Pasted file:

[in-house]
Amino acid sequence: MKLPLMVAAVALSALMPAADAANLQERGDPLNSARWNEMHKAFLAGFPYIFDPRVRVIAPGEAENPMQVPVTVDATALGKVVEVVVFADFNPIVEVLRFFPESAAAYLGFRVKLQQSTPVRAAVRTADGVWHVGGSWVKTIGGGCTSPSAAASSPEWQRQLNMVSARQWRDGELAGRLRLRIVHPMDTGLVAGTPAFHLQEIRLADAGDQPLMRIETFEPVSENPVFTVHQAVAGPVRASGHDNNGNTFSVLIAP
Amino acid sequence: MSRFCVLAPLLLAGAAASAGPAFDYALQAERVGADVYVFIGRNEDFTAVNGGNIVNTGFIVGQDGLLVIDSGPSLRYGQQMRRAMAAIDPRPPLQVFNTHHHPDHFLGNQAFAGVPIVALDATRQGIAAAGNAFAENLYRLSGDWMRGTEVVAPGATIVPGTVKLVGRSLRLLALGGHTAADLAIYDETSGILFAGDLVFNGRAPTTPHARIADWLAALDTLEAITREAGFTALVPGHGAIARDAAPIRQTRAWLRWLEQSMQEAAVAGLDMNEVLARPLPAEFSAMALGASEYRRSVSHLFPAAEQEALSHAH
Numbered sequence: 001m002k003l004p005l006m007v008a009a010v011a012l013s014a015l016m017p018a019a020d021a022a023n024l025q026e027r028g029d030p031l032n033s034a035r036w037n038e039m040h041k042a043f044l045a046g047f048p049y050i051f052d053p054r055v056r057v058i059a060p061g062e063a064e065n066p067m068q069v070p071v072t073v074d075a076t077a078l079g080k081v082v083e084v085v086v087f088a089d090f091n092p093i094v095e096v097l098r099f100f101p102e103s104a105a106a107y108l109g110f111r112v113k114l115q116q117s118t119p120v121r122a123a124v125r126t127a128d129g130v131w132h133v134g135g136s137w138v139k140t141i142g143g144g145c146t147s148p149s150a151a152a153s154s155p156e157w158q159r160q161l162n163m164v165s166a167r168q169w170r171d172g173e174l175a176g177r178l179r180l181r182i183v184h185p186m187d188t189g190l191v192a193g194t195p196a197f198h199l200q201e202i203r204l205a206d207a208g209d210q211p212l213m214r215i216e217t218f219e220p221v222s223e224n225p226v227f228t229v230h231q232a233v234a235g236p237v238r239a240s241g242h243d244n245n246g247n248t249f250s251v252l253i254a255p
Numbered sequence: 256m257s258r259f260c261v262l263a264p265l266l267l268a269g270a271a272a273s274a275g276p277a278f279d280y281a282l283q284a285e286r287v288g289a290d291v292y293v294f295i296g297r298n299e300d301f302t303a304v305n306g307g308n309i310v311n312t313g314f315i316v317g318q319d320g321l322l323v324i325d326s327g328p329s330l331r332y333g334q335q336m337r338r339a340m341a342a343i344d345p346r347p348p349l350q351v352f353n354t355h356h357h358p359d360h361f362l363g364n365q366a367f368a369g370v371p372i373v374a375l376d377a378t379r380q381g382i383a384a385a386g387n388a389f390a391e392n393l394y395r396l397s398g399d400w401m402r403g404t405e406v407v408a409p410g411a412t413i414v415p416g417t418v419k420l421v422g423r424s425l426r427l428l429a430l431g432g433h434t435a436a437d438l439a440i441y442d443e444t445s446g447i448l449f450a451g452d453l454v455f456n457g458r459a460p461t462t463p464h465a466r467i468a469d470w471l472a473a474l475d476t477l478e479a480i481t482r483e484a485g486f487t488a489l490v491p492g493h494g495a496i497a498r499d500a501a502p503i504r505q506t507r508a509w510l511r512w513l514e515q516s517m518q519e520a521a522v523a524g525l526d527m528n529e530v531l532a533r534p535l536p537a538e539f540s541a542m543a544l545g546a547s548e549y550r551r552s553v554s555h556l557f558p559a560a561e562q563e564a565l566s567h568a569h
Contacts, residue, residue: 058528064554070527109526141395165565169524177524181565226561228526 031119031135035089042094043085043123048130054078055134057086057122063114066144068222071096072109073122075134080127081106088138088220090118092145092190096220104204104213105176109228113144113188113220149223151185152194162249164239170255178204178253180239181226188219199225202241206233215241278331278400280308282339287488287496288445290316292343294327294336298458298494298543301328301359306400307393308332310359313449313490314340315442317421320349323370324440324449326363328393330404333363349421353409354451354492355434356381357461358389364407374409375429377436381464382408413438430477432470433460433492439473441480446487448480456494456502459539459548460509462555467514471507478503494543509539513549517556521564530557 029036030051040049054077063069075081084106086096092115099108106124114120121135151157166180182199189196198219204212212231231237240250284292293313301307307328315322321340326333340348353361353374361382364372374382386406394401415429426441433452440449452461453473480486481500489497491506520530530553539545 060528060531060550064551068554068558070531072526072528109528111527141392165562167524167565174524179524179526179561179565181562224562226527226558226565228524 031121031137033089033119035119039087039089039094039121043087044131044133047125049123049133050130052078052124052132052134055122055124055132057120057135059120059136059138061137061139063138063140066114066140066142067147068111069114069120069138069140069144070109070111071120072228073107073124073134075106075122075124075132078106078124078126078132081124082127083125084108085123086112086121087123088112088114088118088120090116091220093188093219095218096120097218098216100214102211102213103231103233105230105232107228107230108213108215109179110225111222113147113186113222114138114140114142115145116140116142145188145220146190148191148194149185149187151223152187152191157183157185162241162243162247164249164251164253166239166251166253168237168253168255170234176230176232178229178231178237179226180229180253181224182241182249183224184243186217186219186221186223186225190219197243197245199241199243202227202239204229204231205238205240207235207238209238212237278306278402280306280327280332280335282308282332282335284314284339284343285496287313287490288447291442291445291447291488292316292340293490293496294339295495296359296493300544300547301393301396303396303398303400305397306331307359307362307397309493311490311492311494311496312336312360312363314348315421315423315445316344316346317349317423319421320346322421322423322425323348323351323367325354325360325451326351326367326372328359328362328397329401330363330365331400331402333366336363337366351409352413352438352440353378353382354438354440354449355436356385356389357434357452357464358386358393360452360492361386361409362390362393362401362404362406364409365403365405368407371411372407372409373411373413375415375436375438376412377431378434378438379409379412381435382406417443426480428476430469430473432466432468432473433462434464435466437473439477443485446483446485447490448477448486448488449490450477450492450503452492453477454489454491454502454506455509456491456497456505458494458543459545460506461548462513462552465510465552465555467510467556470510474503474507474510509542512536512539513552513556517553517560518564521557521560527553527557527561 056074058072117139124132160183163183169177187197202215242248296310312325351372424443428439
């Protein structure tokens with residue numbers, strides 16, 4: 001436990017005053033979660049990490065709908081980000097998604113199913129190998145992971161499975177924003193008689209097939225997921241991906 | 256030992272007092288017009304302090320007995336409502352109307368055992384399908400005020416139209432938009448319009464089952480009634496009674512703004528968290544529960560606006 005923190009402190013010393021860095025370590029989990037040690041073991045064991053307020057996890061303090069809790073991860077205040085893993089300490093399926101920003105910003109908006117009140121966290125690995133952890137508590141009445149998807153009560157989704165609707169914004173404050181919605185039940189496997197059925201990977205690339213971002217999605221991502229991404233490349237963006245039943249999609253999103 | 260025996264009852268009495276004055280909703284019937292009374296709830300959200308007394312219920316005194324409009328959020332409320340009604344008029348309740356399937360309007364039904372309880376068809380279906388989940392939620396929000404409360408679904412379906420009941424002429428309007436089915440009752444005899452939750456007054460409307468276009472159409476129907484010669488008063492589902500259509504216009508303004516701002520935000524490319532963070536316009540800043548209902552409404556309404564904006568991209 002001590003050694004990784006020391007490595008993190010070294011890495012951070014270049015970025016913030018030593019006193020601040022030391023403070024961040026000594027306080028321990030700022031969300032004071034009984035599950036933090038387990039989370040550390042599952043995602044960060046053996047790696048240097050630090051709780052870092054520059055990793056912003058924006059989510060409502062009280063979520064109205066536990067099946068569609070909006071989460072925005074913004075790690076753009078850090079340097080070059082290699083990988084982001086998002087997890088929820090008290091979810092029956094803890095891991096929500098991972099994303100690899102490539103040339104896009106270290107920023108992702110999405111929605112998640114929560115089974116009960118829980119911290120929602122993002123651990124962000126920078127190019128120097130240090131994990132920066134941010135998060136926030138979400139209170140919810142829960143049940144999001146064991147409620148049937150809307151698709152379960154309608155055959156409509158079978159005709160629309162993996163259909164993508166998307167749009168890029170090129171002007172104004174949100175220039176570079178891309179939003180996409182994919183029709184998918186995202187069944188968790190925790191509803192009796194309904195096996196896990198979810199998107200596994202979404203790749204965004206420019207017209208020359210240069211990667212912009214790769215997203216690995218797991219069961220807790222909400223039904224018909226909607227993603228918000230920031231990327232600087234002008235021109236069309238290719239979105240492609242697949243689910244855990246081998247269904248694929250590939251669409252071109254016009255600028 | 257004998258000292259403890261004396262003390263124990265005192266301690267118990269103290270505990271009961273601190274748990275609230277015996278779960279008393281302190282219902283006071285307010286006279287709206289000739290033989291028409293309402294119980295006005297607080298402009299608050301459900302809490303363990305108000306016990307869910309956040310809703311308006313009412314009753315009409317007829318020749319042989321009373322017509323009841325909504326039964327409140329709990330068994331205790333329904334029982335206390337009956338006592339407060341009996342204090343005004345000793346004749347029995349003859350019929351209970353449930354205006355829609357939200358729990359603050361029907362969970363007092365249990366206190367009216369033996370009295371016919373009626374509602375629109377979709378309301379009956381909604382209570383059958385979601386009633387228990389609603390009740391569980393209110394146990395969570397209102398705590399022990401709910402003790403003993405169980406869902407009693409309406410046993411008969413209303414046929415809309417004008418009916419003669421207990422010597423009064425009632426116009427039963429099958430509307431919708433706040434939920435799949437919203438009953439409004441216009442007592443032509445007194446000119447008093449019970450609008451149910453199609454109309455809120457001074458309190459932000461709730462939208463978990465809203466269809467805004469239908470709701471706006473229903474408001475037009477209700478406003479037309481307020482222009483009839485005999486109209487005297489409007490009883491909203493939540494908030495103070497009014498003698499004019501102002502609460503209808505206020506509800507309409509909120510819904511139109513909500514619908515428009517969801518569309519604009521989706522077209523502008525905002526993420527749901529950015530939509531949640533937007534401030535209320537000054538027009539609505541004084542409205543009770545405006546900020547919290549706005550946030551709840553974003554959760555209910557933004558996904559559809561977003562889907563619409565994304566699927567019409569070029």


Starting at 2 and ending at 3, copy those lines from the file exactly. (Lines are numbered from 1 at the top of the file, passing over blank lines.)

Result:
Amino acid sequence: MKLPLMVAAVALSALMPAADAANLQERGDPLNSARWNEMHKAFLAGFPYIFDPRVRVIAPGEAENPMQVPVTVDATALGKVVEVVVFADFNPIVEVLRFFPESAAAYLGFRVKLQQSTPVRAAVRTADGVWHVGGSWVKTIGGGCTSPSAAASSPEWQRQLNMVSARQWRDGELAGRLRLRIVHPMDTGLVAGTPAFHLQEIRLADAGDQPLMRIETFEPVSENPVFTVHQAVAGPVRASGHDNNGNTFSVLIAP
Amino acid sequence: MSRFCVLAPLLLAGAAASAGPAFDYALQAERVGADVYVFIGRNEDFTAVNGGNIVNTGFIVGQDGLLVIDSGPSLRYGQQMRRAMAAIDPRPPLQVFNTHHHPDHFLGNQAFAGVPIVALDATRQGIAAAGNAFAENLYRLSGDWMRGTEVVAPGATIVPGTVKLVGRSLRLLALGGHTAADLAIYDETSGILFAGDLVFNGRAPTTPHARIADWLAALDTLEAITREAGFTALVPGHGAIARDAAPIRQTRAWLRWLEQSMQEAAVAGLDMNEVLARPLPAEFSAMALGASEYRRSVSHLFPAAEQEALSHAH